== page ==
Prior to the protest, Smith and Carlos approached Peter Norman, the Australian runner who won silver and asked him if he believed in human rights. They told him that they would be staging a protest and Norman responded “I’ll stand with you." All three athletes took to the podium with the "Olympic Project for Human Rights" badge pinned to their chests.

The punishment for the two Americans was swift. They were forced to forfeit their medals, were barred from further competition and removed from the Olympic Village. Upon their return to The States, both men would receive death threats for decades. The Australian Olympic Committee banned Norman from ever competing again

In 2006, at the age of 64, Peter Norman passed away. Both Tommie Smith and John Carlos traveled to Melbourne, Australia to serve as his pallbearers

#BlackHistoryMonth #Day6 #Olympics #TommieSmith #JohnCarlos #PeterNorman @espn

I hope you wouldn’t mind taking 1.5 minutes of your day to read this story of Black and White solidarity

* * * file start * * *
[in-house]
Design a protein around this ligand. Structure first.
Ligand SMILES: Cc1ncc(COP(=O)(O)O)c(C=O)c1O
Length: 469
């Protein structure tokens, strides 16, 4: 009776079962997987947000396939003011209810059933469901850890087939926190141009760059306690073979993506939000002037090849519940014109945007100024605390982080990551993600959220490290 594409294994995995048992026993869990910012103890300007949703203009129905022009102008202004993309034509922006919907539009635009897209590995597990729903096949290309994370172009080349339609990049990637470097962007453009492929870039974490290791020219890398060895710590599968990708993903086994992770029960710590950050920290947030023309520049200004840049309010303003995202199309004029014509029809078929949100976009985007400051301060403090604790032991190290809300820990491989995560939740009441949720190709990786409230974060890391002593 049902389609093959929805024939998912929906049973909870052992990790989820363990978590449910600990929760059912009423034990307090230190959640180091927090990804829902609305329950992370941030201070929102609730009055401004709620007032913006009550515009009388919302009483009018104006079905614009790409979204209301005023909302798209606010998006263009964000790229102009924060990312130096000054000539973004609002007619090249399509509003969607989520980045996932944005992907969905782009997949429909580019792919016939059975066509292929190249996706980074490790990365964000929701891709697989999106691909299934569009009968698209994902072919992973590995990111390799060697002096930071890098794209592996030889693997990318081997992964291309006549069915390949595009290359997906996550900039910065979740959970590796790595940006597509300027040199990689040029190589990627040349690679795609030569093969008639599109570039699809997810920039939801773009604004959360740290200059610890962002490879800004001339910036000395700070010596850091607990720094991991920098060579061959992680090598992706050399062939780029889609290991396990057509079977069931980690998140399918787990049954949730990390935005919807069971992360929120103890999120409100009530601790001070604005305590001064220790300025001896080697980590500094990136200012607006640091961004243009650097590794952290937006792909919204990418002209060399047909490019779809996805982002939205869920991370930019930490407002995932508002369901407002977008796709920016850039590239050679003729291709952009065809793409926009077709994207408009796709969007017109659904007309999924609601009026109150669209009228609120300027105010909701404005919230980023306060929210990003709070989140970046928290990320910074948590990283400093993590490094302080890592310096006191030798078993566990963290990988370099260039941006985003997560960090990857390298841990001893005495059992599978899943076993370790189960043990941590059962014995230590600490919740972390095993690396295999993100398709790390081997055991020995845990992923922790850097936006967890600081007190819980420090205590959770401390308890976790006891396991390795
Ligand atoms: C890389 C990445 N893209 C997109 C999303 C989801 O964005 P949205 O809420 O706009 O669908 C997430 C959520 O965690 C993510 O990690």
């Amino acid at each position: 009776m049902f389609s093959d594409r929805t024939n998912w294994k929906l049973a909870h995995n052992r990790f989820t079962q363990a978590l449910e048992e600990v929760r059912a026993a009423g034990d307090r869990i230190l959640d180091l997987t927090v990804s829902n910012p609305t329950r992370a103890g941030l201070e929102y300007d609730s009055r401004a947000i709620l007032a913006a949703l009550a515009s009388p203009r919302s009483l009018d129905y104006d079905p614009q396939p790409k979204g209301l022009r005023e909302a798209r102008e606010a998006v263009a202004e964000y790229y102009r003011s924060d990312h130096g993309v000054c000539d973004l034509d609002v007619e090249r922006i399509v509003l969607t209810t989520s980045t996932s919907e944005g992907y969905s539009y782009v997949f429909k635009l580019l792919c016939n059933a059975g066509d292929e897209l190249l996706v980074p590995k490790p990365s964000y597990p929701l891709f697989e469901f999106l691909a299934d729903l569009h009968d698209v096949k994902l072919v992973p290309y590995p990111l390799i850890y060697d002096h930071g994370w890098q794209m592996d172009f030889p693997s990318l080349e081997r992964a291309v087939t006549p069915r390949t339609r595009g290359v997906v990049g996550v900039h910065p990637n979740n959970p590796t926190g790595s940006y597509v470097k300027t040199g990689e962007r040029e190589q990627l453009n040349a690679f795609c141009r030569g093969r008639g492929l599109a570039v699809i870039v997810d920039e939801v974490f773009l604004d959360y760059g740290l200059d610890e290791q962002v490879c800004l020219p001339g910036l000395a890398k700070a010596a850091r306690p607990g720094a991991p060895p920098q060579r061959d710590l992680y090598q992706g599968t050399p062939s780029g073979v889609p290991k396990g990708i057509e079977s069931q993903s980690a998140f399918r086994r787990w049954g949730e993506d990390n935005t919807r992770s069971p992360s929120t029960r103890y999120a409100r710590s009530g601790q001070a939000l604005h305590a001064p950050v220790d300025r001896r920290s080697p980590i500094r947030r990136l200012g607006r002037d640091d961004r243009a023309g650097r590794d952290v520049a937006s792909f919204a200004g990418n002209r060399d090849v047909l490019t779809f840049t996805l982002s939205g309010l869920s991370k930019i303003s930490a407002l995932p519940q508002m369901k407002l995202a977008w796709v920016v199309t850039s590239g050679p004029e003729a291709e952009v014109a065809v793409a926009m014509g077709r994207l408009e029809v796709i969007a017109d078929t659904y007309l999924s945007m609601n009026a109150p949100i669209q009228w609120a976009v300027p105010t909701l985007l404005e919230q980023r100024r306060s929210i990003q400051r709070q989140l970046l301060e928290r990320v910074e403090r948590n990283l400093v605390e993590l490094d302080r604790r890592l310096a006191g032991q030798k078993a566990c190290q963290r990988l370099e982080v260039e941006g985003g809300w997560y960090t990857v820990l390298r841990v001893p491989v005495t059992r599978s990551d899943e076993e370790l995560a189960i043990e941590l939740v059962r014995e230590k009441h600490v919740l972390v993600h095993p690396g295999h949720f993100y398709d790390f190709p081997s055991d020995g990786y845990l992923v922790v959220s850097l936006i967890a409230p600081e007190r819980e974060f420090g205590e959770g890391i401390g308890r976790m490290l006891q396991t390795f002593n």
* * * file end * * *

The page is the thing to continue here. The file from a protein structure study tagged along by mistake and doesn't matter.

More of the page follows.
Summer Olympics, 1968, Mexico City. Gold and Bronze medalists, Tommie Smith and John Carlos raise fists for human rights as the US National Anthem plays for their victories...
“ As they left the podium they were booed by the crowd. Smith later said, ‘If I win, I am American, not a black American. But if I did something bad, then they would say I am a Negro. We are black and we are proud of being black. Black America will understand what we did tonight.’ “

Reflecting post-Super Bowl Sunday, I would like to think that this is similar to Colin Kaepernick’s rationale in taking a knee during the National Anthem...